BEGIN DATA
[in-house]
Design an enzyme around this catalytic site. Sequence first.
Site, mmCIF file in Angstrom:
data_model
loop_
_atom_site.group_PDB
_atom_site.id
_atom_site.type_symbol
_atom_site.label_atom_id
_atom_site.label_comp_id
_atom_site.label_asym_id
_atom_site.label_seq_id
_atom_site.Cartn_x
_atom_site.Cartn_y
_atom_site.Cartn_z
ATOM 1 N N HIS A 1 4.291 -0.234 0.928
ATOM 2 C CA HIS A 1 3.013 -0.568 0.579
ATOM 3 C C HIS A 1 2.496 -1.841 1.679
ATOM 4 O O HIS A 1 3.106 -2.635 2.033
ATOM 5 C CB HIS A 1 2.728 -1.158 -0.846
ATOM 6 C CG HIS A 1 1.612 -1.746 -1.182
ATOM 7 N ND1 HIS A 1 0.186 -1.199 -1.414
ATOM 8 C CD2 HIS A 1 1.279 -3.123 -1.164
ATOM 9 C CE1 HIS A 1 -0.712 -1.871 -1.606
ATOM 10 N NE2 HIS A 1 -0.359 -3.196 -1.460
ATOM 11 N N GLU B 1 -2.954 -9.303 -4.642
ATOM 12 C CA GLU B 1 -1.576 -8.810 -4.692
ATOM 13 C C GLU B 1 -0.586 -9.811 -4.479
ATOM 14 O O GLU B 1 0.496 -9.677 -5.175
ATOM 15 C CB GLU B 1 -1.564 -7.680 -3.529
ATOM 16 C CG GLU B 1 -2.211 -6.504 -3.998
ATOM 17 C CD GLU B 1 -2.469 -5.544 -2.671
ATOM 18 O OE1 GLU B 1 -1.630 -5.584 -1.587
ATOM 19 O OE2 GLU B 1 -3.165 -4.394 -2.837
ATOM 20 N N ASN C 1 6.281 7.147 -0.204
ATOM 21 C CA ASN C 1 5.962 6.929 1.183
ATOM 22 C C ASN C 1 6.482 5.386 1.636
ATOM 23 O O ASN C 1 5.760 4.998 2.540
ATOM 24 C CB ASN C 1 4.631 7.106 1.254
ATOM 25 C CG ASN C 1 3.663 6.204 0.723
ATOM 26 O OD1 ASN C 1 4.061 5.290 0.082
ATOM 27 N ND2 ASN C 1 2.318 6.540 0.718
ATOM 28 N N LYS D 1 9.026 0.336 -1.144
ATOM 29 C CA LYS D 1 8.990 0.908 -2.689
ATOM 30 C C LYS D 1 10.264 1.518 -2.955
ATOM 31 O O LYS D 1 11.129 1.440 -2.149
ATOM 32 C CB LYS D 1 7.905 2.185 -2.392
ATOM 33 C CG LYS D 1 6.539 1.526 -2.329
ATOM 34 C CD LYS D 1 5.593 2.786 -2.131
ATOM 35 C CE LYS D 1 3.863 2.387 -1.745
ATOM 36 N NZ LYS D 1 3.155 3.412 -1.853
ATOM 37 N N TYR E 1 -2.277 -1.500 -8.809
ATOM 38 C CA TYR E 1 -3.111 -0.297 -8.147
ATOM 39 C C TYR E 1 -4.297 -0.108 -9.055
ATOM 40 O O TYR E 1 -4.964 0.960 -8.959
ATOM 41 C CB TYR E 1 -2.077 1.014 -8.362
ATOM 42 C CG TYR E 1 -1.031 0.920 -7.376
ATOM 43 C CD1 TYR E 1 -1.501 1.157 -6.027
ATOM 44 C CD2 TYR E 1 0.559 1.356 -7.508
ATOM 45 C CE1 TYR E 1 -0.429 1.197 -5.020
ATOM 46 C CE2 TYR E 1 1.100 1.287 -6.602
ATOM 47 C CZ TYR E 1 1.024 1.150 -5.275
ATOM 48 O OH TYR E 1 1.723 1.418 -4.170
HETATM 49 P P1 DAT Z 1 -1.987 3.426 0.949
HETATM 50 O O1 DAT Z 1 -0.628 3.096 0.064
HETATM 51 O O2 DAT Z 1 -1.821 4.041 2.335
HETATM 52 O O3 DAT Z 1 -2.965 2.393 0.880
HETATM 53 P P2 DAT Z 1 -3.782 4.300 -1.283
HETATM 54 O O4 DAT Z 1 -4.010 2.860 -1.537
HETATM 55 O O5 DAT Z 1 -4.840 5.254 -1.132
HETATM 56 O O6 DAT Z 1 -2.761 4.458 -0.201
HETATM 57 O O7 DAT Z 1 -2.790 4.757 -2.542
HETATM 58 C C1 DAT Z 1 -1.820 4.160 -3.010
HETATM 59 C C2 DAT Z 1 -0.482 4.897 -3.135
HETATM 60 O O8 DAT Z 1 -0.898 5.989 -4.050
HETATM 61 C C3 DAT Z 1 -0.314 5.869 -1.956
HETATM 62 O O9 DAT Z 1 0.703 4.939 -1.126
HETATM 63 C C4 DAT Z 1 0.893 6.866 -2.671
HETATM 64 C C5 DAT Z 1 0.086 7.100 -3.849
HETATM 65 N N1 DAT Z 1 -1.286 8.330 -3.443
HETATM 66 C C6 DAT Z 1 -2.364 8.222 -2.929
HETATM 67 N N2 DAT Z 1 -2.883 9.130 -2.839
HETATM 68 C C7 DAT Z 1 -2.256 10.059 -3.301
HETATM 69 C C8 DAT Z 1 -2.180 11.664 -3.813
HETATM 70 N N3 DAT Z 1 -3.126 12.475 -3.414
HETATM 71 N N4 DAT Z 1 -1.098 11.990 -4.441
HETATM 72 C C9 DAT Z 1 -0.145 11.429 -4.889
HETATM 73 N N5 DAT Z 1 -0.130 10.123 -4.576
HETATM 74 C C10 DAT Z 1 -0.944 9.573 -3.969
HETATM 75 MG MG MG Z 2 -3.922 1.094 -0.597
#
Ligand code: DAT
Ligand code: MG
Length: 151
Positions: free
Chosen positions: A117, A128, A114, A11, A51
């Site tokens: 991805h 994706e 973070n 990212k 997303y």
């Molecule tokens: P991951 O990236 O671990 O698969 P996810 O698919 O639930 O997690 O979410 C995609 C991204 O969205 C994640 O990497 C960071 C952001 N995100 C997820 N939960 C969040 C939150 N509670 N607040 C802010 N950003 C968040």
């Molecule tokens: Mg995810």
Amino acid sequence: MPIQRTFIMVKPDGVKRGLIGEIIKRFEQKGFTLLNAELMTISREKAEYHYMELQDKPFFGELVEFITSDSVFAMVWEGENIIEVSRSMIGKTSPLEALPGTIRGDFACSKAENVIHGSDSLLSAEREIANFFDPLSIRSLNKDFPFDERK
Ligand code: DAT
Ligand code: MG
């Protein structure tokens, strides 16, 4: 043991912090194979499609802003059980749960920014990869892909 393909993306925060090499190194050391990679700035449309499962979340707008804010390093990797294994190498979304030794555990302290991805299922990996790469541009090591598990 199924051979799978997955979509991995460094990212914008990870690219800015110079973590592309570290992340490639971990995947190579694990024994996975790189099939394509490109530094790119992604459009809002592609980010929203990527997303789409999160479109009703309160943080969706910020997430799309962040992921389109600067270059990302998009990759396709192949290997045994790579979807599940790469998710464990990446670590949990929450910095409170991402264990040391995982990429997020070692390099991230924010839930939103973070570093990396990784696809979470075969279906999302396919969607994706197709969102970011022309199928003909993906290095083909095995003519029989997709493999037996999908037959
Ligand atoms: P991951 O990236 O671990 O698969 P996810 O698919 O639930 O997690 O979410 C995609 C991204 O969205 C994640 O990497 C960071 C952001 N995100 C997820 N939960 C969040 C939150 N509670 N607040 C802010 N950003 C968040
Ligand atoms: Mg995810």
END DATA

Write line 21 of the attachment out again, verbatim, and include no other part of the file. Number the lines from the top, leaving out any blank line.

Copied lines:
ATOM 6 C CG HIS A 1 1.612 -1.746 -1.182